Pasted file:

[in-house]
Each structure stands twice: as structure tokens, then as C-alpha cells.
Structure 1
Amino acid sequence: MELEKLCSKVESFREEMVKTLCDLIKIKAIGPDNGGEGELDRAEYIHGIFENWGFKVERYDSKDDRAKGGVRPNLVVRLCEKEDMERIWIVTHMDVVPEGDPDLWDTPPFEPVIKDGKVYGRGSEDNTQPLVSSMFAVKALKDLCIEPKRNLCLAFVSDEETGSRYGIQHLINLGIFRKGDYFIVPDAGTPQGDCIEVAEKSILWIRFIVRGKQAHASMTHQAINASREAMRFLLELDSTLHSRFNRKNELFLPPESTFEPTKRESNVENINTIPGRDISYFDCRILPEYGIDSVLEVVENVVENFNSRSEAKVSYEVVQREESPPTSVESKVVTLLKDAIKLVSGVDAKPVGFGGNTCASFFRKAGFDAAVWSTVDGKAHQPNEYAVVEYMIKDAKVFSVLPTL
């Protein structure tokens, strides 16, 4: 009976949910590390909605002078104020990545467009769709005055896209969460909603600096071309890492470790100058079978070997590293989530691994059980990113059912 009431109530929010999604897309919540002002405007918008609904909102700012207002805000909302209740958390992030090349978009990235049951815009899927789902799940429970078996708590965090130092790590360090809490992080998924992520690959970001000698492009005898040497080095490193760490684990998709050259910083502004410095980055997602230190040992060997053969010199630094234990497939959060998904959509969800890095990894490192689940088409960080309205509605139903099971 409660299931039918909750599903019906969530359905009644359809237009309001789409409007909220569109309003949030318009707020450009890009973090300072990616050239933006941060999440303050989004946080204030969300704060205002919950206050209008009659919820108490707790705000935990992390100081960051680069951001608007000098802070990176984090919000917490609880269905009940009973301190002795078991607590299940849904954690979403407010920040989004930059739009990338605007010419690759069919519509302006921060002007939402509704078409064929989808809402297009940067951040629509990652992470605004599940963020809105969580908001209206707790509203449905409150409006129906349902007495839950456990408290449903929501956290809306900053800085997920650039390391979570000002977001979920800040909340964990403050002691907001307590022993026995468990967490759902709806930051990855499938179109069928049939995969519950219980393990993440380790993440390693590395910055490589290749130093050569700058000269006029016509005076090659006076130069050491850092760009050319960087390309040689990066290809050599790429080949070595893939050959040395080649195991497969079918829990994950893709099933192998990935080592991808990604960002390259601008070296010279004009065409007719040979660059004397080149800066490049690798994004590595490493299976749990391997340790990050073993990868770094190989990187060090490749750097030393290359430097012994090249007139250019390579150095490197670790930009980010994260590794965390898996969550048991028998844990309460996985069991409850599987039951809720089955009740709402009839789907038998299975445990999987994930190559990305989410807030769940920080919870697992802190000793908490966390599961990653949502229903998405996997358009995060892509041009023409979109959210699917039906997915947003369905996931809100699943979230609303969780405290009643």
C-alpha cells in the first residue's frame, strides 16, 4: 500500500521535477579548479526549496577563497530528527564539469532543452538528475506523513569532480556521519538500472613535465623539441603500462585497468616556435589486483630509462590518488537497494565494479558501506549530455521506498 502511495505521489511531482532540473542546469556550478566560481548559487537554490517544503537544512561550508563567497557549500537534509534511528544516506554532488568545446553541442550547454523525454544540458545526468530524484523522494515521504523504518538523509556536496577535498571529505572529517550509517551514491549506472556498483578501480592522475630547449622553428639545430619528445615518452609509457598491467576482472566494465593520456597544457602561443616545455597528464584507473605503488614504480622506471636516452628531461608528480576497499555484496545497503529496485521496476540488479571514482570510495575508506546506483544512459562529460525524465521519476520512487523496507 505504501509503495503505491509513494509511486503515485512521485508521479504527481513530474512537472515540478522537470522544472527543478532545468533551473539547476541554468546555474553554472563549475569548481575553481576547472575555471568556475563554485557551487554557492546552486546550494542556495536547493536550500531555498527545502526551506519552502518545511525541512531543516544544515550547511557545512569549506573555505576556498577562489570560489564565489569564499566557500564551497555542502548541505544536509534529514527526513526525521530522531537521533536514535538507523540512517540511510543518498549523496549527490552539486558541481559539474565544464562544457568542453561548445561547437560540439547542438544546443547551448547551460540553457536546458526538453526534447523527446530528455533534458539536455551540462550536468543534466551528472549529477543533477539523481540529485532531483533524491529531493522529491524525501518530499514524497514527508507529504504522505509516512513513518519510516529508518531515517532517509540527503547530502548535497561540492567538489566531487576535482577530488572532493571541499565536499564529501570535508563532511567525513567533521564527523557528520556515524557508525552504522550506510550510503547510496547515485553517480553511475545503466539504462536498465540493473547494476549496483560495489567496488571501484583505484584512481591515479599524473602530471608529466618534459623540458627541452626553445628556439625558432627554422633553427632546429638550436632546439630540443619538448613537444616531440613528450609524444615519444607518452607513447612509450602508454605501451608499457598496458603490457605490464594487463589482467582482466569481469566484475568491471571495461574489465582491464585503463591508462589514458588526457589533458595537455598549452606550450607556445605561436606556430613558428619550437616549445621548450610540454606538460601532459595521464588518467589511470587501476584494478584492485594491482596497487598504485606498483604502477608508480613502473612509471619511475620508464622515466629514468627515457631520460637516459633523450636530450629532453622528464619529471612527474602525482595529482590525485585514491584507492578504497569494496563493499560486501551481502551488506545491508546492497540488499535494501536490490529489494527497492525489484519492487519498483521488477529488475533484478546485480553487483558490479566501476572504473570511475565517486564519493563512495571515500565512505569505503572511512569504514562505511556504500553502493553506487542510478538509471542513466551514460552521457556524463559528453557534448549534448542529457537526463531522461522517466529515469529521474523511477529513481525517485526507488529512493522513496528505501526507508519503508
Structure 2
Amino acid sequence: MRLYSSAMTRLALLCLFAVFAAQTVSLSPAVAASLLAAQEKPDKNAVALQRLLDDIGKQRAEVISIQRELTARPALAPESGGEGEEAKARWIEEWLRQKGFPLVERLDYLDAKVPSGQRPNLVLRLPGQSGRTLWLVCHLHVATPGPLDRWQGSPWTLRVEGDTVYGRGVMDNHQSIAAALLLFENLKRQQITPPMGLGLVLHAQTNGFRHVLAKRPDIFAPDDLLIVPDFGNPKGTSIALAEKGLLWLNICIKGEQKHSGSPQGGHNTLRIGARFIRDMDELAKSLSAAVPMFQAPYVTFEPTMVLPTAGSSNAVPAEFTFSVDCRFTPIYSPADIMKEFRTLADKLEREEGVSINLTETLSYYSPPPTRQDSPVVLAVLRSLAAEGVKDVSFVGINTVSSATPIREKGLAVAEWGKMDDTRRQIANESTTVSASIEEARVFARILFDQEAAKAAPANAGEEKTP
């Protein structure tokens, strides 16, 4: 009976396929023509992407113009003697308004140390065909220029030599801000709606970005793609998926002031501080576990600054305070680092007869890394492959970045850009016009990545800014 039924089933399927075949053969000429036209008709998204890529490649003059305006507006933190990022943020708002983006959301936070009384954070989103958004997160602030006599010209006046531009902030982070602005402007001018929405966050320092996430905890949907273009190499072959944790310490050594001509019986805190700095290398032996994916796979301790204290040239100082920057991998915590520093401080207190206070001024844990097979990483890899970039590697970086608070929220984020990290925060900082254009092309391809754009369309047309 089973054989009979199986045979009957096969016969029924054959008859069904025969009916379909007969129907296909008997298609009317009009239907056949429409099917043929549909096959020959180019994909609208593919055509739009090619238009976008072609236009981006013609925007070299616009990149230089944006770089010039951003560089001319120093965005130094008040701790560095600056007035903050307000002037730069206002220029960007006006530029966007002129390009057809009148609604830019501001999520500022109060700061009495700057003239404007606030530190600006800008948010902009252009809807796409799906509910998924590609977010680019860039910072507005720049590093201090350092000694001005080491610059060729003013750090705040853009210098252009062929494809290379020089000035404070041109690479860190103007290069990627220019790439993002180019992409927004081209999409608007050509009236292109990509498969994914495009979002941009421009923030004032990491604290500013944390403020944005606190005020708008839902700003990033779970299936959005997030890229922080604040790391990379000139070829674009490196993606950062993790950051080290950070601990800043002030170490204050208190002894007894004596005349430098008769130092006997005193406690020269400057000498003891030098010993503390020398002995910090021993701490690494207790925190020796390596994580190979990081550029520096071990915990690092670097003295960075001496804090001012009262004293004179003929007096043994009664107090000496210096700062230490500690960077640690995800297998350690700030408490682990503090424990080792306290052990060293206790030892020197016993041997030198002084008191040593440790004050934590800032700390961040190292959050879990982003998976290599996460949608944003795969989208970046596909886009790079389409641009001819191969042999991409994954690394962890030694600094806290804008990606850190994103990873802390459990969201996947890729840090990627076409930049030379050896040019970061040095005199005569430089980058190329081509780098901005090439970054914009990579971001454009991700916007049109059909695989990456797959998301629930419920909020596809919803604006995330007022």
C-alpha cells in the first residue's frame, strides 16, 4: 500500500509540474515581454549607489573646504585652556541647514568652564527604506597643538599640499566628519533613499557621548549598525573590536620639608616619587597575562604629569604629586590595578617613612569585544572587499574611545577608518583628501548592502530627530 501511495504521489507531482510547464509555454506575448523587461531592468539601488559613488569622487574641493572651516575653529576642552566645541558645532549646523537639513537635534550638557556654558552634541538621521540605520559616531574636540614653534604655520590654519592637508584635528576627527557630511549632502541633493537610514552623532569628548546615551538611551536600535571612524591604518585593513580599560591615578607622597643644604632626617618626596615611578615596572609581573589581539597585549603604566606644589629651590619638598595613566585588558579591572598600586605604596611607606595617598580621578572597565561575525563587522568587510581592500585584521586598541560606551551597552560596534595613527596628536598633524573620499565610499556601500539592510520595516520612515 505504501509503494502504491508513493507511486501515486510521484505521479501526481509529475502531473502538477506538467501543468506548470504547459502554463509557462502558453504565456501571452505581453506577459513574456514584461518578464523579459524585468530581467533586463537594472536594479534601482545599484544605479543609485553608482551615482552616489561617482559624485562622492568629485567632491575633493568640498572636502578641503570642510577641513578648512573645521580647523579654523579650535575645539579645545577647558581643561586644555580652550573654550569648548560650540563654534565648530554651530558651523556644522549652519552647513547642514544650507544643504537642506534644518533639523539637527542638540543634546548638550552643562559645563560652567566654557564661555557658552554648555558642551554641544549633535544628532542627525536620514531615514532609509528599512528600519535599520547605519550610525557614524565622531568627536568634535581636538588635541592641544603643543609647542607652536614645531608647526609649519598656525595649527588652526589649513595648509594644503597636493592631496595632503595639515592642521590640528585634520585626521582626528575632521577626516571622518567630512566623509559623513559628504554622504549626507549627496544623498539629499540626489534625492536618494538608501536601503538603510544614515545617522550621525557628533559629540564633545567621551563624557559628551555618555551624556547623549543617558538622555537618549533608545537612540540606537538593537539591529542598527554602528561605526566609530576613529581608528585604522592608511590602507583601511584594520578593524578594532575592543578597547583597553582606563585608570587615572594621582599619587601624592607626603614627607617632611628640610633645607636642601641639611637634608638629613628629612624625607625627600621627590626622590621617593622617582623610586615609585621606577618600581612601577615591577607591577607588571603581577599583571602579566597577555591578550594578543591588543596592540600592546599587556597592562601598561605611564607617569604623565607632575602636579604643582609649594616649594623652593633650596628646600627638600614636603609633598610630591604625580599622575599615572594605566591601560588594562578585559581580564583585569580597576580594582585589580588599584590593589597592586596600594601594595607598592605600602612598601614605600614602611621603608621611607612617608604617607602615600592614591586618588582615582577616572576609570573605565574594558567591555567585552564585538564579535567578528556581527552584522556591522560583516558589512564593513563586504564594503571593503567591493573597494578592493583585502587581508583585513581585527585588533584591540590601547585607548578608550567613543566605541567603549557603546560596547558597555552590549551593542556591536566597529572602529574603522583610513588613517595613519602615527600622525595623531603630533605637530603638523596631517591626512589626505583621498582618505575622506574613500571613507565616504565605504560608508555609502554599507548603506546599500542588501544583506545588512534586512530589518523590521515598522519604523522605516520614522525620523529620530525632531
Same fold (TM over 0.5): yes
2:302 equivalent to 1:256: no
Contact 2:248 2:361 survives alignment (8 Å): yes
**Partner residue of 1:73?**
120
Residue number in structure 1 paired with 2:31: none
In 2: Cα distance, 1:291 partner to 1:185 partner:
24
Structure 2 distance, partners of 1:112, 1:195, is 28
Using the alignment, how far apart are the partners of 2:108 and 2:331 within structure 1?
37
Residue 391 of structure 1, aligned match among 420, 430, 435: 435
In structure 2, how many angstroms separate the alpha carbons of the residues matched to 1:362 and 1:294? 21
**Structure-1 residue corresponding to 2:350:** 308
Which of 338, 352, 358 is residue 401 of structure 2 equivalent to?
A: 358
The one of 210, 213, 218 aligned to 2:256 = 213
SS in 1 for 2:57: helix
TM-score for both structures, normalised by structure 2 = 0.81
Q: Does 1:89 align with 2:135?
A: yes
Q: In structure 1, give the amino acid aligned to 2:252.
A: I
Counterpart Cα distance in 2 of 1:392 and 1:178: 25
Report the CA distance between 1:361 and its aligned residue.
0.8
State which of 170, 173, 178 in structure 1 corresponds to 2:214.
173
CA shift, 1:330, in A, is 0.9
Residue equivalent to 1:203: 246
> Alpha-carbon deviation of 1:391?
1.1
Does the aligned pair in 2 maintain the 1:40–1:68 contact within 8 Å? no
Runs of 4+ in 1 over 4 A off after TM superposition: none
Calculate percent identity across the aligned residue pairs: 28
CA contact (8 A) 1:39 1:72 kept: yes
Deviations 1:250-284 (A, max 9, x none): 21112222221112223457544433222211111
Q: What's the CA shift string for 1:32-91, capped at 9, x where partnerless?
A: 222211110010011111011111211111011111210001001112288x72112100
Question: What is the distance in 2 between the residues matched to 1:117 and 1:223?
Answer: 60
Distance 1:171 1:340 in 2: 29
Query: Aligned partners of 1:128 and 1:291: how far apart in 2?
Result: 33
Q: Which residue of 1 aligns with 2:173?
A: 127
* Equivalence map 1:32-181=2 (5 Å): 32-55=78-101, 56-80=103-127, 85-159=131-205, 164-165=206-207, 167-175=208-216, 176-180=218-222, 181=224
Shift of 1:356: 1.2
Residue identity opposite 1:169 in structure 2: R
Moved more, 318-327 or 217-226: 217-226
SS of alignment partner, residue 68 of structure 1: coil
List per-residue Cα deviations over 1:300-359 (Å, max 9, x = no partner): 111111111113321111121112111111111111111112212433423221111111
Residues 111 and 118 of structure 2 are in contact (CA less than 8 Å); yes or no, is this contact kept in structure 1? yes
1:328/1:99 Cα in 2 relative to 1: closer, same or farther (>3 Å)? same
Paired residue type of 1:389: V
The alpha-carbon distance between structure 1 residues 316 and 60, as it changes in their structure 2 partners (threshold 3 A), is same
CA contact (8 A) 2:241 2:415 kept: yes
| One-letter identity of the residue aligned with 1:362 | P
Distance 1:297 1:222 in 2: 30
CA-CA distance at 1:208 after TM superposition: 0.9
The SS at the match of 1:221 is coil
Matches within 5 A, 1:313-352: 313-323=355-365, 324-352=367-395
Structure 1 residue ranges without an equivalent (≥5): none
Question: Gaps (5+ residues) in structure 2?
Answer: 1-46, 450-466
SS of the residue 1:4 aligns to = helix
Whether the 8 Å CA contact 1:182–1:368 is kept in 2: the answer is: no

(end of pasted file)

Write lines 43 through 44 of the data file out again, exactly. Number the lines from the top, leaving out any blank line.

Does the aligned pair in 2 maintain the 1:40–1:68 contact within 8 Å? no
Runs of 4+ in 1 over 4 A off after TM superposition: none